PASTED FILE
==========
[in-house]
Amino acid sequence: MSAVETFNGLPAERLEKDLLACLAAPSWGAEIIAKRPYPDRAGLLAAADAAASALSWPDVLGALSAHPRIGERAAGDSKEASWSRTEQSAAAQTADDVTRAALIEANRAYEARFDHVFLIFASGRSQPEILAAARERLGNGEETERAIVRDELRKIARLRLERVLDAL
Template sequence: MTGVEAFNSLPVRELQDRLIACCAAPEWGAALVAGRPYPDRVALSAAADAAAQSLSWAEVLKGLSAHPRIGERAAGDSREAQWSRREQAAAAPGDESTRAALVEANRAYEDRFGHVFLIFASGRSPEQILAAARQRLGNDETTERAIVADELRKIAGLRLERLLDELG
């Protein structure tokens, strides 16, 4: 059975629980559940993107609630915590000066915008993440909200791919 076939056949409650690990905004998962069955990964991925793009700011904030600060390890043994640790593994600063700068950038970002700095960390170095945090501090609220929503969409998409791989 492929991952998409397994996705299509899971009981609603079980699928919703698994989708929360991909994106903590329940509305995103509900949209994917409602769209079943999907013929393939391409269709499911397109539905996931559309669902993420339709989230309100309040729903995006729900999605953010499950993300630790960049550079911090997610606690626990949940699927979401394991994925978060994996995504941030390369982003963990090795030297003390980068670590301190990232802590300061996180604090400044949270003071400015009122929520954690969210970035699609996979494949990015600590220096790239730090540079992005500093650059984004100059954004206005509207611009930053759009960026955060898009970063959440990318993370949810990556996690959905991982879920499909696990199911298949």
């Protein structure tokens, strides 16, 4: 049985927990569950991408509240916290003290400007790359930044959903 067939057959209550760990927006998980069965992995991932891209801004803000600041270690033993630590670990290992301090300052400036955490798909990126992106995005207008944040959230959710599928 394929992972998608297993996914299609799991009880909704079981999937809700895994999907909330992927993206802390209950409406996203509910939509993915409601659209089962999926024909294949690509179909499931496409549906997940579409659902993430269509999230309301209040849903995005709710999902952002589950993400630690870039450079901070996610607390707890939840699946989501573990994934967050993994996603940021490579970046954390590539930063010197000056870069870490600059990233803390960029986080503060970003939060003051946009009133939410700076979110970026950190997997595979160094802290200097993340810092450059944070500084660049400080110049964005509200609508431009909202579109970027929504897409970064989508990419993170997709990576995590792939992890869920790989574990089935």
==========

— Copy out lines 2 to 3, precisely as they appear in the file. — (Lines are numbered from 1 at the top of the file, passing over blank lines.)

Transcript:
Amino acid sequence: MSAVETFNGLPAERLEKDLLACLAAPSWGAEIIAKRPYPDRAGLLAAADAAASALSWPDVLGALSAHPRIGERAAGDSKEASWSRTEQSAAAQTADDVTRAALIEANRAYEARFDHVFLIFASGRSQPEILAAARERLGNGEETERAIVRDELRKIARLRLERVLDAL
Template sequence: MTGVEAFNSLPVRELQDRLIACCAAPEWGAALVAGRPYPDRVALSAAADAAAQSLSWAEVLKGLSAHPRIGERAAGDSREAQWSRREQAAAAPGDESTRAALVEANRAYEDRFGHVFLIFASGRSPEQILAAARQRLGNDETTERAIVADELRKIAGLRLERLLDELG